Ever Given Ship Banned From Leaving Suez Canal Until Owners Pay Up To $1 Billion In Compensation
The giant Ever Given ship might have been freed from the Suez Canal in Egypt, but the drama is far from over.
Weeks after the ship first became lodged into the banks of the popular trade route, the Ever Given has been forbidden from leaving the Suez Canal until its owners agree to pay up to $1 billion in compensation.
There is still huge debate over who should be responsible for paying the costs of dislodging the huge vessel from the canal, where it was trapped for a full week.
Now, authorities in Egypt have said they will continue to hold the ship until its owners – Japanese companies Luster Maritime and Higaki Sangyo Kaisha – cough up the cash.
Lieutenant general Osama Rabie, head of the Suez Canal authority, said, as per the Wall Street Journal:
The vessel will remain here until investigations are complete and compensation is paid.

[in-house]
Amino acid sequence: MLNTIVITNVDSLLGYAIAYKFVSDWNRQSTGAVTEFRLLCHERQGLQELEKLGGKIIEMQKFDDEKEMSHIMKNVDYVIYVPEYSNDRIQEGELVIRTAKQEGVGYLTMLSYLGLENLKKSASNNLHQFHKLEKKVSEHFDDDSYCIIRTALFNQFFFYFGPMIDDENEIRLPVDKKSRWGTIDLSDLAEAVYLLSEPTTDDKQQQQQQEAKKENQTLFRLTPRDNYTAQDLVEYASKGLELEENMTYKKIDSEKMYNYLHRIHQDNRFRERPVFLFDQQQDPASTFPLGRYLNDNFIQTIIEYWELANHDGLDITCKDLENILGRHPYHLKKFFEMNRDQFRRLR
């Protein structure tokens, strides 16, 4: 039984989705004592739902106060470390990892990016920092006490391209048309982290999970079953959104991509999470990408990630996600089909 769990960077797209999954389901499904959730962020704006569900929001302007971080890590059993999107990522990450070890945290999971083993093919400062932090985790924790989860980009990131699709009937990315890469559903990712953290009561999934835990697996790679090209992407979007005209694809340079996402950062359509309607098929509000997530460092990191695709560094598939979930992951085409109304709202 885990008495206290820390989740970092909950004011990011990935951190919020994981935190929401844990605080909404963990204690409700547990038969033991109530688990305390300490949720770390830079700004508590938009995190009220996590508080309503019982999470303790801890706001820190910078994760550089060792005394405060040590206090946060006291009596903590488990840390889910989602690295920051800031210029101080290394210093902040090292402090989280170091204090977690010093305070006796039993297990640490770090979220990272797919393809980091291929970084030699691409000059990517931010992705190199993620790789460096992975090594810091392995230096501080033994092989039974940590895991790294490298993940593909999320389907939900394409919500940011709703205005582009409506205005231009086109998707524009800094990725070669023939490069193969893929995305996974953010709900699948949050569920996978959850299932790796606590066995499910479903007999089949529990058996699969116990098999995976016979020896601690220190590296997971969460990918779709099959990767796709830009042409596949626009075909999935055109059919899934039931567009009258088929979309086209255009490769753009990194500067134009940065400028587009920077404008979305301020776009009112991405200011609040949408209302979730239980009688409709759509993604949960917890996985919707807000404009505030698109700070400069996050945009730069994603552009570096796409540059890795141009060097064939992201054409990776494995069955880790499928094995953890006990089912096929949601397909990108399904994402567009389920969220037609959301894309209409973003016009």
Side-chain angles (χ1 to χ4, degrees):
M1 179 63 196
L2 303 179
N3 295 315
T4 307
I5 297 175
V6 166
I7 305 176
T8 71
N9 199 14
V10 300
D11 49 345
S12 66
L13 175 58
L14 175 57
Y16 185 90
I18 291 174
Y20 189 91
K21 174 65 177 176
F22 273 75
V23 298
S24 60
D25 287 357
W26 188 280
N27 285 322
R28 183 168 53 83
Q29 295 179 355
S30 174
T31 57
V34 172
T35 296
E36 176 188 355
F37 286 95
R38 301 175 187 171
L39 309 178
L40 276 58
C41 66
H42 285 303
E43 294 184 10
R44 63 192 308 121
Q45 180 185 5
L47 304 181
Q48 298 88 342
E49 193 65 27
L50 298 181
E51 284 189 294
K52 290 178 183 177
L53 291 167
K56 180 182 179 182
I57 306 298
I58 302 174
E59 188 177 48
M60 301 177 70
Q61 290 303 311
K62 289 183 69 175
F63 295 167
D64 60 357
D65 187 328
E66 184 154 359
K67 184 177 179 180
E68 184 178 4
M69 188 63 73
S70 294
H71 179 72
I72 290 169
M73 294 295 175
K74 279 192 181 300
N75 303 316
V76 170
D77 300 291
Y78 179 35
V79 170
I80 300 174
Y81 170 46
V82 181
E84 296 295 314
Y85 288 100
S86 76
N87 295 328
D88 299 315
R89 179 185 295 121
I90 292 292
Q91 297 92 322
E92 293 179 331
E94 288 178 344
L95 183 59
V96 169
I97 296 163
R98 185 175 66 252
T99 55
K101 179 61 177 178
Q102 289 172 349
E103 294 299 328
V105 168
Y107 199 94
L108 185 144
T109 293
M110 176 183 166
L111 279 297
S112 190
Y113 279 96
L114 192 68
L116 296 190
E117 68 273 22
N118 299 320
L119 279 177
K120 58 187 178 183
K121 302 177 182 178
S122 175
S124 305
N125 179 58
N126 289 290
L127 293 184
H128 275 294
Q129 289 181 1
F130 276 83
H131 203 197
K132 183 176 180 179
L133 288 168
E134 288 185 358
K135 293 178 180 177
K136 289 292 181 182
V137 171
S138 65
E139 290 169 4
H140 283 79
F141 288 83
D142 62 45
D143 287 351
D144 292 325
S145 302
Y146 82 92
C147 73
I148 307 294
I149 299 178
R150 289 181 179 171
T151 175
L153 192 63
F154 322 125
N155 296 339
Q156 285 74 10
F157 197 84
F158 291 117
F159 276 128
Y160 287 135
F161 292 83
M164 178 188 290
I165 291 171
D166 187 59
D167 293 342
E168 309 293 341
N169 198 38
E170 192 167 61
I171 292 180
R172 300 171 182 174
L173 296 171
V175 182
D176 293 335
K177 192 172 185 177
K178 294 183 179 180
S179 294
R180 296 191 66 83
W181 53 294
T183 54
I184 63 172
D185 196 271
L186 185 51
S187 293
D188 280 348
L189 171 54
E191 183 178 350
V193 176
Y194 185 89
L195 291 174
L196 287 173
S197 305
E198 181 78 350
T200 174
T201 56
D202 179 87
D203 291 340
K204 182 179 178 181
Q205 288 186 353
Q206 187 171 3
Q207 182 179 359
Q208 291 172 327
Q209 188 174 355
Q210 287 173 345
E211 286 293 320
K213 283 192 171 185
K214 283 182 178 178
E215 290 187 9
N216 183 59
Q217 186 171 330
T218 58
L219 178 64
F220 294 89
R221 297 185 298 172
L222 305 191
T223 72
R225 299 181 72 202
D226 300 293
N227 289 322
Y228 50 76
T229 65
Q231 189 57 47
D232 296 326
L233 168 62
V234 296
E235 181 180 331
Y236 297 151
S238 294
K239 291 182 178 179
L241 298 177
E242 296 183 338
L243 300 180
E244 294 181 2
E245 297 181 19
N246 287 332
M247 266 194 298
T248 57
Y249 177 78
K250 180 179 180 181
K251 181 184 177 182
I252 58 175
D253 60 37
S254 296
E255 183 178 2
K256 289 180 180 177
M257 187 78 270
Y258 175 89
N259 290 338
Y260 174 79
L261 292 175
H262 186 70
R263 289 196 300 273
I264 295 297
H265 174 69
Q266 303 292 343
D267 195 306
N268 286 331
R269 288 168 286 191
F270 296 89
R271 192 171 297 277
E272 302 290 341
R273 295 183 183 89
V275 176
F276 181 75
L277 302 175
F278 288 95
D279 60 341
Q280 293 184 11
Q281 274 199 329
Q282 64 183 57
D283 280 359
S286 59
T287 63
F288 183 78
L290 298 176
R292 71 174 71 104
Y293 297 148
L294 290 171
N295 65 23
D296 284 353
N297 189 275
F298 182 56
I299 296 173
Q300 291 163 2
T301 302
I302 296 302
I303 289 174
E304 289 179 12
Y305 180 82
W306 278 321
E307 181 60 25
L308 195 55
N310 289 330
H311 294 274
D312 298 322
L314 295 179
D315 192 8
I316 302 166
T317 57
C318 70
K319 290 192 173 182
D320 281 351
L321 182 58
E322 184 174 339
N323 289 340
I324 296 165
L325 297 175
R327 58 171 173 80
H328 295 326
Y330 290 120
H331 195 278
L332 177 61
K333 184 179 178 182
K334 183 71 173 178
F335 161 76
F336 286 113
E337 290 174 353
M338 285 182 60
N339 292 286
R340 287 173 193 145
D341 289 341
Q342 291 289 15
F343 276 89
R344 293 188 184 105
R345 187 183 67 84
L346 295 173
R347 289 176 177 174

We hope for a speedy agreement. The minute they agree to compensation, the vessel will be allowed to move.
While Rabie didn’t go into the specifics of how much they would be requesting in compensation, he did say last week that Egypt would be demanding $1 billion to cover the costs of the operation to free the vessel, in addition to the loss of transit fees and other costs that mounted up as a result of the traffic jam that built up on both sides of the canal.
Around 800 people worked on the efforts to free the 200,000-tonne container ship from the canal, who will all need to be compensated for their work.
A crew made up of 25 Indian sailors are still stuck on the ship, where they have remained in the Egyptian canal for almost three weeks.
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CreditsWall Street Journal
Wall Street Journal